Opinion: Our current immigration system has too many loopholes
WASHINGTON (Sinclair Broadcast Group) - The terrorist attack in New York on Monday, Dec. 11 got coverage for a day and then the news simply moved on. The scary thing is how close Akayed Ullah was to murdering tens or even hundreds of people.
Ullah is a Bangladeshi immigrant who came to the United States in 2011 under the United States policy of extended family chain migration. This man became radicalized online after looking at Islamic State propaganda.
It is common sense to say that we would be better off if Akayed Ullah had stayed away from the country he grew to hate so much - the United States of America.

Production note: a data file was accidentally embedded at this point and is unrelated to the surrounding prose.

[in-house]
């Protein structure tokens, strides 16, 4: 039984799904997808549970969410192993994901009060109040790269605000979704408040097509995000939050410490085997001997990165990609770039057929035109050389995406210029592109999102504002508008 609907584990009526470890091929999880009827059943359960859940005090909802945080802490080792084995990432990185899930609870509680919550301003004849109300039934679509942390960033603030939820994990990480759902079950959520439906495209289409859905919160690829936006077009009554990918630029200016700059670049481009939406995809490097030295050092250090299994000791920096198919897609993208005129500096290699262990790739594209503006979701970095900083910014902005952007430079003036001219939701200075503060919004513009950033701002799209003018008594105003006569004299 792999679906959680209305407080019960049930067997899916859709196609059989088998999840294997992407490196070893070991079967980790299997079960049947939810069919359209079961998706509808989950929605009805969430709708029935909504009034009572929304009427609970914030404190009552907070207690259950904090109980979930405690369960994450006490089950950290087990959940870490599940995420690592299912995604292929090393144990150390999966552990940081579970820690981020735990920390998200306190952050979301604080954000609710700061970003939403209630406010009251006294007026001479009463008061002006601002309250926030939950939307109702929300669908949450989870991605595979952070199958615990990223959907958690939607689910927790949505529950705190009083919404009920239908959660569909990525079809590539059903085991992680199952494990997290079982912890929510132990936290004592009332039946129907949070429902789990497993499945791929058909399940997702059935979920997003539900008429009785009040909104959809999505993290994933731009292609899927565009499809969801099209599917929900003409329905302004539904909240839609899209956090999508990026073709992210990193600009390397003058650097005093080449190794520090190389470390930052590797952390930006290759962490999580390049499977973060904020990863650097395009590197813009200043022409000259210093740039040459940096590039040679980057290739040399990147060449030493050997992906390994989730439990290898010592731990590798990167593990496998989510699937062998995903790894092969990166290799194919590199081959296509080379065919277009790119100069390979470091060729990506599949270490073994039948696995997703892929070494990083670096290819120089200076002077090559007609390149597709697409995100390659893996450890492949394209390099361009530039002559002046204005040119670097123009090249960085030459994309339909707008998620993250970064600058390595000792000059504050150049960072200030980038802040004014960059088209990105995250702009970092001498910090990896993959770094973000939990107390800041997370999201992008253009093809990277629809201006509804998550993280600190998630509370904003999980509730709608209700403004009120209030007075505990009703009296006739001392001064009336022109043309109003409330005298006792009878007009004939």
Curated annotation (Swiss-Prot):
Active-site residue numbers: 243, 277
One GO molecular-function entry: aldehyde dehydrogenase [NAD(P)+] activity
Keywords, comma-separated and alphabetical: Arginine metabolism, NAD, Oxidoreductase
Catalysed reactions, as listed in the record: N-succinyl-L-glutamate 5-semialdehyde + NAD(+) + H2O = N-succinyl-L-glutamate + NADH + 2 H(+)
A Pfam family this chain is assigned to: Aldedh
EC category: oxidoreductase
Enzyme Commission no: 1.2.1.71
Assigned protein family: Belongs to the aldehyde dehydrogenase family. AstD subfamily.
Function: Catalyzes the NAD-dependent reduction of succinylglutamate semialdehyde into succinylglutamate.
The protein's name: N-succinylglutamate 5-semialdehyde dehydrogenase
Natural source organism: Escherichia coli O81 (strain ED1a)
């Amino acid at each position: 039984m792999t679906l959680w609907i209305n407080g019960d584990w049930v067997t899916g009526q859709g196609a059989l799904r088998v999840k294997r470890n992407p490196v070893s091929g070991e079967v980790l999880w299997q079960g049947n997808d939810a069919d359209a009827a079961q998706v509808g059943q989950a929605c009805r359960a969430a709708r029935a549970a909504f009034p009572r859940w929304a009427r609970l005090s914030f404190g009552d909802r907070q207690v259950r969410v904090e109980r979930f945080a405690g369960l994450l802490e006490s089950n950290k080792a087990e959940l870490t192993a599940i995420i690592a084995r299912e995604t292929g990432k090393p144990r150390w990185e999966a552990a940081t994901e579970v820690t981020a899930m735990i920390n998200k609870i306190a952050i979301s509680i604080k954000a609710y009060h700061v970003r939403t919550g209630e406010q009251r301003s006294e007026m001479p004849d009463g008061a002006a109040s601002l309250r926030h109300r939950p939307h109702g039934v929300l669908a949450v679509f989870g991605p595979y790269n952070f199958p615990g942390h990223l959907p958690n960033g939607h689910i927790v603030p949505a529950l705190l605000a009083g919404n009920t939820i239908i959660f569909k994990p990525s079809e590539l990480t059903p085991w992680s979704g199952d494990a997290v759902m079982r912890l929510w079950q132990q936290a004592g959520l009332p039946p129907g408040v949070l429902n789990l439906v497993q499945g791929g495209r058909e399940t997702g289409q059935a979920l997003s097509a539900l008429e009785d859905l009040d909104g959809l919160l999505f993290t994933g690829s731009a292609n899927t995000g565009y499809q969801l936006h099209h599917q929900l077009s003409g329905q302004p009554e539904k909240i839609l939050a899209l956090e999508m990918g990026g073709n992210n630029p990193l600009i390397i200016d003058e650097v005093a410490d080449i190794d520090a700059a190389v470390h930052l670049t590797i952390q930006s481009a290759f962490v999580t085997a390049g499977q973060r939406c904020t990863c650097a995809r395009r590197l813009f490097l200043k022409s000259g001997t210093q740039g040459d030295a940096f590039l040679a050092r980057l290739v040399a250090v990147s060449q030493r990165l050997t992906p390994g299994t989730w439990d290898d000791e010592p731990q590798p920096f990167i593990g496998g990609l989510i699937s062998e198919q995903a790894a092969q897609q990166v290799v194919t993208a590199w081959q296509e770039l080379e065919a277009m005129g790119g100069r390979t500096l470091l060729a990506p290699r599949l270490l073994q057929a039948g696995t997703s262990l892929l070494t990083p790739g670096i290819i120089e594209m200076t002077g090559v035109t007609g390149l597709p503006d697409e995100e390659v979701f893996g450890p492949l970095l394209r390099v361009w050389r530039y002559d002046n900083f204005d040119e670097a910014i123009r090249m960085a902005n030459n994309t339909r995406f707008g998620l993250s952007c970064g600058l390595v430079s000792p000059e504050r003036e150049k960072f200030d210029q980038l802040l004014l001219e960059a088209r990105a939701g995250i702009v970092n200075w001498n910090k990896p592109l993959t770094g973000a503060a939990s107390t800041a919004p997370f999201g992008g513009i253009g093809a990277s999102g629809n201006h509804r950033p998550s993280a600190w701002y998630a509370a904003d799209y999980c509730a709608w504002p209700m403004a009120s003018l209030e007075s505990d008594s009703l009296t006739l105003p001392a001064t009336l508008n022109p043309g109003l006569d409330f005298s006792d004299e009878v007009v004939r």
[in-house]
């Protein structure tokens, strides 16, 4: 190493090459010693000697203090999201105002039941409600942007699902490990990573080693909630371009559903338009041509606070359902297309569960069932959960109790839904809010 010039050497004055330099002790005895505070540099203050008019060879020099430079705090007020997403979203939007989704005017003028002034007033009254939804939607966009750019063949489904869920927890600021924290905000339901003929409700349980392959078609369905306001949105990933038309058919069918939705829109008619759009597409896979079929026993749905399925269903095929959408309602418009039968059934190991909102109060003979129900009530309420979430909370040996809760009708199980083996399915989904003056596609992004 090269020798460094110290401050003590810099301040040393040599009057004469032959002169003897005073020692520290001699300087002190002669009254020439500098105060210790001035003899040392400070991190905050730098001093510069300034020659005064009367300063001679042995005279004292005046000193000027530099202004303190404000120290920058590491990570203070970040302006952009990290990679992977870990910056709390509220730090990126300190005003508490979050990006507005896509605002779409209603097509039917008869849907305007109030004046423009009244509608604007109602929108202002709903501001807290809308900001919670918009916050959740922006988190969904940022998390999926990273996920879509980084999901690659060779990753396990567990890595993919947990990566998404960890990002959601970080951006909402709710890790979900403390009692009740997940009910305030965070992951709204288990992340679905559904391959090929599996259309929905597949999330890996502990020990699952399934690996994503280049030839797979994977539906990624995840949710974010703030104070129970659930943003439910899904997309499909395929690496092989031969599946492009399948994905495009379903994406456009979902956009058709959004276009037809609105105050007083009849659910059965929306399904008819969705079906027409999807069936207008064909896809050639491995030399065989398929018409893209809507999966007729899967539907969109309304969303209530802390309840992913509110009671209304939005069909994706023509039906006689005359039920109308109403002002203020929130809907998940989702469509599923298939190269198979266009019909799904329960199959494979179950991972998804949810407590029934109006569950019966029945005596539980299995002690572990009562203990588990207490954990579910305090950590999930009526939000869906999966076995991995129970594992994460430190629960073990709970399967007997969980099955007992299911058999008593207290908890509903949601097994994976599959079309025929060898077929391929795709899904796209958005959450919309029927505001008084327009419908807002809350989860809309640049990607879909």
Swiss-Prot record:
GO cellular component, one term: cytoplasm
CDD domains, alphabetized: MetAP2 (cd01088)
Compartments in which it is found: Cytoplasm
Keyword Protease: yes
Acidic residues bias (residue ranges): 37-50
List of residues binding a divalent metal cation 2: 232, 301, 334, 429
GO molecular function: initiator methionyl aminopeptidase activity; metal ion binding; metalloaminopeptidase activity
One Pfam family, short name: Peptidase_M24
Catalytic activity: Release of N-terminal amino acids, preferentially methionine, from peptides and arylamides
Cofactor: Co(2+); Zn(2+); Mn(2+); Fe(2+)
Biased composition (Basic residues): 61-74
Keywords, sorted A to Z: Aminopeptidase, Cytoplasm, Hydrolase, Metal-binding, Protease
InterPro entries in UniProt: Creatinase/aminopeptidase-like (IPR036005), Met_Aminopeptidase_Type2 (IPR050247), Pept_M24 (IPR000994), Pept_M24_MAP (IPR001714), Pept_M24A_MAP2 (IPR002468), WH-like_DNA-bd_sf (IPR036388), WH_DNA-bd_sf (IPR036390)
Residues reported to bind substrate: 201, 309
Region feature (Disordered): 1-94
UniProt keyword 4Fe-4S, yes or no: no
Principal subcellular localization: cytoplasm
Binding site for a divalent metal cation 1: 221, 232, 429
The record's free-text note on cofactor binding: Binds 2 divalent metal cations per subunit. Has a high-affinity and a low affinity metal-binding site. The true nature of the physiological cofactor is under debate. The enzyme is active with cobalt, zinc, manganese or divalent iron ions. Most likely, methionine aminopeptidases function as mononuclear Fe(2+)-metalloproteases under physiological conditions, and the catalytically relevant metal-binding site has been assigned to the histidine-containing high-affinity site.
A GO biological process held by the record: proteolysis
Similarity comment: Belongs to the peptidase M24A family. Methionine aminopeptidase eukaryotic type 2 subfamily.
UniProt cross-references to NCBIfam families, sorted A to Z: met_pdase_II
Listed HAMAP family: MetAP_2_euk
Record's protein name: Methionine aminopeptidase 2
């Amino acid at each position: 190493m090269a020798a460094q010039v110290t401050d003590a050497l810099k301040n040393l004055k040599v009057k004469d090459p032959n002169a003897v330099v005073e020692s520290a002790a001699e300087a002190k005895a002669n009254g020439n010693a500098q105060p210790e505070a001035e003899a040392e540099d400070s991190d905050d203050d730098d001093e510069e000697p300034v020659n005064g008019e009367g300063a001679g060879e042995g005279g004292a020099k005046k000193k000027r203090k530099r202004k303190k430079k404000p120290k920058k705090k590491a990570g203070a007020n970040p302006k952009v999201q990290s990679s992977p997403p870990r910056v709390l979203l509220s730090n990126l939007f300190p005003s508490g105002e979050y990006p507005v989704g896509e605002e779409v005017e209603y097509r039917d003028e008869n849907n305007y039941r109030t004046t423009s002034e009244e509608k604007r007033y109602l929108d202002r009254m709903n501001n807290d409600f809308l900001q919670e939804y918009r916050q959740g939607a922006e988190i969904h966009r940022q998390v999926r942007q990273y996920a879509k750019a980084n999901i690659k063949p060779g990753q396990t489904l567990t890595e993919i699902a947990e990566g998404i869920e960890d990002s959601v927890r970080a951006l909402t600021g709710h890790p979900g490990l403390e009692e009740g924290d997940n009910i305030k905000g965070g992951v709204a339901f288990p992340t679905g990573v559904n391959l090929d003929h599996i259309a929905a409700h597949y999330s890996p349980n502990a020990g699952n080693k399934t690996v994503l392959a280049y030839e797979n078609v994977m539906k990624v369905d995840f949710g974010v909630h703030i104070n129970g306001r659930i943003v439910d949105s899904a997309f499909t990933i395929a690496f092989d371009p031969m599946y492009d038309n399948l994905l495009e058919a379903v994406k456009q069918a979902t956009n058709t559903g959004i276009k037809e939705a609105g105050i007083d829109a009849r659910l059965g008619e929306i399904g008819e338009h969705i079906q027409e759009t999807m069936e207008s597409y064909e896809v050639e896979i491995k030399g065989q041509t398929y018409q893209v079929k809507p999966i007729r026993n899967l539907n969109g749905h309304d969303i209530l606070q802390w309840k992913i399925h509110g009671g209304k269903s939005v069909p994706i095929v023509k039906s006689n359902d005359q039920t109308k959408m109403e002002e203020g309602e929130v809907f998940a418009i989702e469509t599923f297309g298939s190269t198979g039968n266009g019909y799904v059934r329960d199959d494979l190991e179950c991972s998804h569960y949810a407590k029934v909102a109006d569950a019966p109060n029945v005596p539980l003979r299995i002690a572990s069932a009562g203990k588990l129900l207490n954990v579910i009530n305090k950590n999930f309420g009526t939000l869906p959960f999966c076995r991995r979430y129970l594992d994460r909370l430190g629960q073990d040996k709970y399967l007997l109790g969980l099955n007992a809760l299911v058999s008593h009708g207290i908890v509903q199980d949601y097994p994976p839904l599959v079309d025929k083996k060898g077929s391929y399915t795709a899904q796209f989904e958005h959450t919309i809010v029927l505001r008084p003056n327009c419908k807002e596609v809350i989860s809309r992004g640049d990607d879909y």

To that end, the family chain migration policy has to be reassessed. Just because someone has extended family in America does not mean that they should automatically be able to join their relatives here. Of course, we want to allow for immediate family together, as long those crossing our borders are fully vetted and do not present a security risk.
I have spoken to you about this Administration’s efforts, together with certain members of Congress, to implement merit based immigration through the RAISE act. That effort should not be put on the back burner. Turning toward merit based immigration policy would both enrich and protect America.
Here is the bottom line, our current immigration system has way too many loopholes. We should welcome in immigrants who want to better our economy, education, arts and not those who wish to cause harm and devastation to the United States.